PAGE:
Wait. You mean Brady throws incompletions? Every week you say? Huh.

Watch any NFL game. These guys all miss throws for one reason or another. Drew Brees is literally the most accurate passer in NFL history, and he misses his talented, All-Pro wideout Mike Thomas plenty. None of these guys are perfect, but if you watch enough football, you’ll see every QB sail passes, throw a couple into the turf, let loose at least one wobbler and not target that wide-open receiver you managed to spot from the luxury of your nosebleed seats 150 feet in the air.

That’s not to say Wentz couldn’t be sharper. He’s only completed 60.7 percent of his passes this season. Then again, in 2018, he completed 69.6 percent, which was third in the league, so he certainly has that in him.

1. Wentz isn’t as good as people think he is

Since returning from a torn ACL suffered during his MVP-caliber 2017, Wentz only has a 7-8 record as a starter. And prior to Thursday’s win, he guided the Eagles to back-to-back gut-wrenching losses in which the offense started slow and fell behind early.

To which I say there’s only so much the guy can do.

Wentz was never completely healthy in 2018, between rehabbing the knee and then the back. Yet he still managed to set career highs for completion percentage, yards per attempt and passer rating. And Weeks 2 and 3 of this season, he was without Alshon Jeffery, DeSean Jackson and Dallas Goedert – literally the majority of his receiving corps – and had to endure 10 drops from their backups.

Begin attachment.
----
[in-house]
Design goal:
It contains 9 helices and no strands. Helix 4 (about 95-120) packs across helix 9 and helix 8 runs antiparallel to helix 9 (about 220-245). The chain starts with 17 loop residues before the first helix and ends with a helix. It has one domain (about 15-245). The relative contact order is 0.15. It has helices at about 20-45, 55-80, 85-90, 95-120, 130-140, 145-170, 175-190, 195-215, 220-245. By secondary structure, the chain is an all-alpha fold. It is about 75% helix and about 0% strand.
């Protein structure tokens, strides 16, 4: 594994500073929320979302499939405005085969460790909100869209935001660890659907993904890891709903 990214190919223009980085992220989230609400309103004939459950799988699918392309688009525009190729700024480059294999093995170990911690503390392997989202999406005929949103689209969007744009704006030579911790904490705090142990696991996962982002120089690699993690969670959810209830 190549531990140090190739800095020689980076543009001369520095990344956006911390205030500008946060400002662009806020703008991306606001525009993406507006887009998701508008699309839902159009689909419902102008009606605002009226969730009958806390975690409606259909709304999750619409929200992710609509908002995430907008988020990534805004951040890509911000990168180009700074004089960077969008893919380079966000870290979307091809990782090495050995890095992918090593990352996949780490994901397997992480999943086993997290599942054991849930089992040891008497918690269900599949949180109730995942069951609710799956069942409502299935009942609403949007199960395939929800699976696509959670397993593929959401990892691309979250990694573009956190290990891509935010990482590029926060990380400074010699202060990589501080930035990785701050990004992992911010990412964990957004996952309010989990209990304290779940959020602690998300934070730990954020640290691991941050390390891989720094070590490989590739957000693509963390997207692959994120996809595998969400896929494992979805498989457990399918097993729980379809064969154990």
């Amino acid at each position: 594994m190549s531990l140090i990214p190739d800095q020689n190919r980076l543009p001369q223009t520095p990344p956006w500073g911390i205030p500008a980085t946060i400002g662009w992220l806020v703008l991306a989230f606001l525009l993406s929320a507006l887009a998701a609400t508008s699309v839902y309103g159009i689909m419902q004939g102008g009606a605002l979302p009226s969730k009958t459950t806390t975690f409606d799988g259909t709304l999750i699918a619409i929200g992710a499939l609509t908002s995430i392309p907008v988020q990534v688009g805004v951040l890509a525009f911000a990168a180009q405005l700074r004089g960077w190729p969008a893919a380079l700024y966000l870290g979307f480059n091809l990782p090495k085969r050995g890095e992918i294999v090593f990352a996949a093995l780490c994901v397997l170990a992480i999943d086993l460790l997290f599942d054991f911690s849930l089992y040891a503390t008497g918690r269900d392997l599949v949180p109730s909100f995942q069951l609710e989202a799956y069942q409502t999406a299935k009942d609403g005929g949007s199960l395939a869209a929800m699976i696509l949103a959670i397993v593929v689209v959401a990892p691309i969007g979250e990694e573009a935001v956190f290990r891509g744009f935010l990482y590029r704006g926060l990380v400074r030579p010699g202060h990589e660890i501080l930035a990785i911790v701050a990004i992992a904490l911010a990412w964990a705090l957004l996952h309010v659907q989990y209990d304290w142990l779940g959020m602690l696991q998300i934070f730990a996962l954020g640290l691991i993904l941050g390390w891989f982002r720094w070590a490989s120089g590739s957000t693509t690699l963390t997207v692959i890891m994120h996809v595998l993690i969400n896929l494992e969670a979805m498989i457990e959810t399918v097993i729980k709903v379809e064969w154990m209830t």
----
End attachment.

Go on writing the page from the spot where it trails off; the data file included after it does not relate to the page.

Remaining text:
Even then, he put the game-winning touchdown in his receivers’ hands in both losses.

When Wentz is healthy and his supporting cast just hangs on to the ball, he’s one of the bright, young quarterbacks in the sport. Again, go back to ’17. Foles might’ve won the Super Bowl, but they had a bye and home field in the playoffs because of Wentz.

There’s room for improvement. Wentz is also 26 and in his fourth season and far from a finished product – and still undeniably in the top-10 quarterbacks you’d choose to build a team around right now. Peyton Manning wasn’t Peyton Manning at this stage of his career, either.

Maybe stop trying to find reasons why he’s going to fail and embrace the fact that, whatever his ceiling, wherever he falls in the quarterback rankings right now, Wentz is really, really good.